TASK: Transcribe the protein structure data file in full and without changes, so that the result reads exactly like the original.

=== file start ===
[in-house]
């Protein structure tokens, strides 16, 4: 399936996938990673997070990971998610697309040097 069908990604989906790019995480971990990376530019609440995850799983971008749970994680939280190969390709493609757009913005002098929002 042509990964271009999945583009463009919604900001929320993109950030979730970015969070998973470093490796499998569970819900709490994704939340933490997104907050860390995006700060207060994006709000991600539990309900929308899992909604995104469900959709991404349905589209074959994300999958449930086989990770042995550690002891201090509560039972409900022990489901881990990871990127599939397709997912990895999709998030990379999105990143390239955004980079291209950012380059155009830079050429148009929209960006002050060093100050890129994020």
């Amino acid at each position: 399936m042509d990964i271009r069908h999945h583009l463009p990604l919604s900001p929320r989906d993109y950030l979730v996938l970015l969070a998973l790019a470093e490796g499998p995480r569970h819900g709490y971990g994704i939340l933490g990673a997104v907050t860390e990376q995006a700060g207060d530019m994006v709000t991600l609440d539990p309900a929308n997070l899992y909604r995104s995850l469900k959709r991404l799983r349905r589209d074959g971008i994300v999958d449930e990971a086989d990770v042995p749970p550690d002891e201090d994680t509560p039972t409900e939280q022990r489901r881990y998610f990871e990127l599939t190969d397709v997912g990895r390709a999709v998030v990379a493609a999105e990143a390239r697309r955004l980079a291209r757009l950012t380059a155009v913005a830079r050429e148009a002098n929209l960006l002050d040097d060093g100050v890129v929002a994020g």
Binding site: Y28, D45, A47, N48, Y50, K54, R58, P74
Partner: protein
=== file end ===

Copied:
[in-house]
């Protein structure tokens, strides 16, 4: 399936996938990673997070990971998610697309040097 069908990604989906790019995480971990990376530019609440995850799983971008749970994680939280190969390709493609757009913005002098929002 042509990964271009999945583009463009919604900001929320993109950030979730970015969070998973470093490796499998569970819900709490994704939340933490997104907050860390995006700060207060994006709000991600539990309900929308899992909604995104469900959709991404349905589209074959994300999958449930086989990770042995550690002891201090509560039972409900022990489901881990990871990127599939397709997912990895999709998030990379999105990143390239955004980079291209950012380059155009830079050429148009929209960006002050060093100050890129994020």
């Amino acid at each position: 399936m042509d990964i271009r069908h999945h583009l463009p990604l919604s900001p929320r989906d993109y950030l979730v996938l970015l969070a998973l790019a470093e490796g499998p995480r569970h819900g709490y971990g994704i939340l933490g990673a997104v907050t860390e990376q995006a700060g207060d530019m994006v709000t991600l609440d539990p309900a929308n997070l899992y909604r995104s995850l469900k959709r991404l799983r349905r589209d074959g971008i994300v999958d449930e990971a086989d990770v042995p749970p550690d002891e201090d994680t509560p039972t409900e939280q022990r489901r881990y998610f990871e990127l599939t190969d397709v997912g990895r390709a999709v998030v990379a493609a999105e990143a390239r697309r955004l980079a291209r757009l950012t380059a155009v913005a830079r050429e148009a002098n929209l960006l002050d040097d060093g100050v890129v929002a994020g």
Binding site: Y28, D45, A47, N48, Y50, K54, R58, P74
Partner: protein